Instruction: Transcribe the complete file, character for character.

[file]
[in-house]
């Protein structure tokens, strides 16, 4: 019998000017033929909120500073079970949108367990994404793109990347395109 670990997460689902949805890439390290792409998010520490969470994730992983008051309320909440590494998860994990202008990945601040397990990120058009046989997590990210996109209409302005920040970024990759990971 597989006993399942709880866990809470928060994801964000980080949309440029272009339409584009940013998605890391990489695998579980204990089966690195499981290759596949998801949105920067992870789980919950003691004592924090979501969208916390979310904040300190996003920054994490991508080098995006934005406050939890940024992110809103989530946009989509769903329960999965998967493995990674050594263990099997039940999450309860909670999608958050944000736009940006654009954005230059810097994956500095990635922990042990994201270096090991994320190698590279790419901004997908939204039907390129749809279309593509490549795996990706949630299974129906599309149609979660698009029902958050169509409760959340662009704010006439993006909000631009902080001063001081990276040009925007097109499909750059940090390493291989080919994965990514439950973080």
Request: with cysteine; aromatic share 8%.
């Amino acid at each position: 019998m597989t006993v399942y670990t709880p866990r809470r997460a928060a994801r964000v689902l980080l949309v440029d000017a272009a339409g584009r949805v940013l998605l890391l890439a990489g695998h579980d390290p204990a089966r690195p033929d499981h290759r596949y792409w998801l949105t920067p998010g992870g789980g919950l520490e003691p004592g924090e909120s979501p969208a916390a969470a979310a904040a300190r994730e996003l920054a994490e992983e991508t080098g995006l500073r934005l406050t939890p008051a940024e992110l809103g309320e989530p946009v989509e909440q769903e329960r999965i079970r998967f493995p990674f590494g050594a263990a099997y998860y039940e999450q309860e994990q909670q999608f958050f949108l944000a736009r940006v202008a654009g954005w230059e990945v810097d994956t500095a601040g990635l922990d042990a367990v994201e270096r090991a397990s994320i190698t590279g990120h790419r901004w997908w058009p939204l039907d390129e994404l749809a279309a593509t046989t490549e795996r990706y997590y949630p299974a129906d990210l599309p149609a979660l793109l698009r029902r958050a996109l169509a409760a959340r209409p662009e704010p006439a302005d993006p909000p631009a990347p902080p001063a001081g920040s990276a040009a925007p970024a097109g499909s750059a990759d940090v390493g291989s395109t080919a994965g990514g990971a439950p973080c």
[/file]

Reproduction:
[in-house]
């Protein structure tokens, strides 16, 4: 019998000017033929909120500073079970949108367990994404793109990347395109 670990997460689902949805890439390290792409998010520490969470994730992983008051309320909440590494998860994990202008990945601040397990990120058009046989997590990210996109209409302005920040970024990759990971 597989006993399942709880866990809470928060994801964000980080949309440029272009339409584009940013998605890391990489695998579980204990089966690195499981290759596949998801949105920067992870789980919950003691004592924090979501969208916390979310904040300190996003920054994490991508080098995006934005406050939890940024992110809103989530946009989509769903329960999965998967493995990674050594263990099997039940999450309860909670999608958050944000736009940006654009954005230059810097994956500095990635922990042990994201270096090991994320190698590279790419901004997908939204039907390129749809279309593509490549795996990706949630299974129906599309149609979660698009029902958050169509409760959340662009704010006439993006909000631009902080001063001081990276040009925007097109499909750059940090390493291989080919994965990514439950973080």
Request: with cysteine; aromatic share 8%.
């Amino acid at each position: 019998m597989t006993v399942y670990t709880p866990r809470r997460a928060a994801r964000v689902l980080l949309v440029d000017a272009a339409g584009r949805v940013l998605l890391l890439a990489g695998h579980d390290p204990a089966r690195p033929d499981h290759r596949y792409w998801l949105t920067p998010g992870g789980g919950l520490e003691p004592g924090e909120s979501p969208a916390a969470a979310a904040a300190r994730e996003l920054a994490e992983e991508t080098g995006l500073r934005l406050t939890p008051a940024e992110l809103g309320e989530p946009v989509e909440q769903e329960r999965i079970r998967f493995p990674f590494g050594a263990a099997y998860y039940e999450q309860e994990q909670q999608f958050f949108l944000a736009r940006v202008a654009g954005w230059e990945v810097d994956t500095a601040g990635l922990d042990a367990v994201e270096r090991a397990s994320i190698t590279g990120h790419r901004w997908w058009p939204l039907d390129e994404l749809a279309a593509t046989t490549e795996r990706y997590y949630p299974a129906d990210l599309p149609a979660l793109l698009r029902r958050a996109l169509a409760a959340r209409p662009e704010p006439a302005d993006p909000p631009a990347p902080p001063a001081g920040s990276a040009a925007p970024a097109g499909s750059a990759d940090v390493g291989s395109t080919a994965g990514g990971a439950p973080c």